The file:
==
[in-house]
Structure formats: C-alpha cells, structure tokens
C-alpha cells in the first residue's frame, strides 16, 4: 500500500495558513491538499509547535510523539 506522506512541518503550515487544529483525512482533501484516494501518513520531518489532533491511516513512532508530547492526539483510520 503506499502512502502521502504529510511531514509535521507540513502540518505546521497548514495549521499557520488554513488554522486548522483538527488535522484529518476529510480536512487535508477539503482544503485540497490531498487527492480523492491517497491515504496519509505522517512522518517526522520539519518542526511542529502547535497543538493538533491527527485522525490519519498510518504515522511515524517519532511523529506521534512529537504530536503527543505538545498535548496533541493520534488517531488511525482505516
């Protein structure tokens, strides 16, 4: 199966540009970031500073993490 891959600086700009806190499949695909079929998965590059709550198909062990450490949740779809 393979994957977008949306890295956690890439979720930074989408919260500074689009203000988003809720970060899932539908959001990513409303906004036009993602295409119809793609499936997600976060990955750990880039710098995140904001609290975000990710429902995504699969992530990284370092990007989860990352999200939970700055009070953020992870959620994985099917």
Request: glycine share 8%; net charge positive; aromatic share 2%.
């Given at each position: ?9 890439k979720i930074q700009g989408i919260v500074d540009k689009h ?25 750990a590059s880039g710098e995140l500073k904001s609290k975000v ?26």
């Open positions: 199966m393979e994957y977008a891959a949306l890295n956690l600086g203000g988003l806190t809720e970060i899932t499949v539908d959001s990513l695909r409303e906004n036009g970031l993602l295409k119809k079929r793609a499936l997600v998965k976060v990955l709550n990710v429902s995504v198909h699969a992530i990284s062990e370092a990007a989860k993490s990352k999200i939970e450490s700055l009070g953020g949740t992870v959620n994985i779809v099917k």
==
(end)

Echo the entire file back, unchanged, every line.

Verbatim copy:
[in-house]
Structure formats: C-alpha cells, structure tokens
C-alpha cells in the first residue's frame, strides 16, 4: 500500500495558513491538499509547535510523539 506522506512541518503550515487544529483525512482533501484516494501518513520531518489532533491511516513512532508530547492526539483510520 503506499502512502502521502504529510511531514509535521507540513502540518505546521497548514495549521499557520488554513488554522486548522483538527488535522484529518476529510480536512487535508477539503482544503485540497490531498487527492480523492491517497491515504496519509505522517512522518517526522520539519518542526511542529502547535497543538493538533491527527485522525490519519498510518504515522511515524517519532511523529506521534512529537504530536503527543505538545498535548496533541493520534488517531488511525482505516
């Protein structure tokens, strides 16, 4: 199966540009970031500073993490 891959600086700009806190499949695909079929998965590059709550198909062990450490949740779809 393979994957977008949306890295956690890439979720930074989408919260500074689009203000988003809720970060899932539908959001990513409303906004036009993602295409119809793609499936997600976060990955750990880039710098995140904001609290975000990710429902995504699969992530990284370092990007989860990352999200939970700055009070953020992870959620994985099917």
Request: glycine share 8%; net charge positive; aromatic share 2%.
């Given at each position: ?9 890439k979720i930074q700009g989408i919260v500074d540009k689009h ?25 750990a590059s880039g710098e995140l500073k904001s609290k975000v ?26």
């Open positions: 199966m393979e994957y977008a891959a949306l890295n956690l600086g203000g988003l806190t809720e970060i899932t499949v539908d959001s990513l695909r409303e906004n036009g970031l993602l295409k119809k079929r793609a499936l997600v998965k976060v990955l709550n990710v429902s995504v198909h699969a992530i990284s062990e370092a990007a989860k993490s990352k999200i939970e450490s700055l009070g953020g949740t992870v959620n994985i779809v099917k």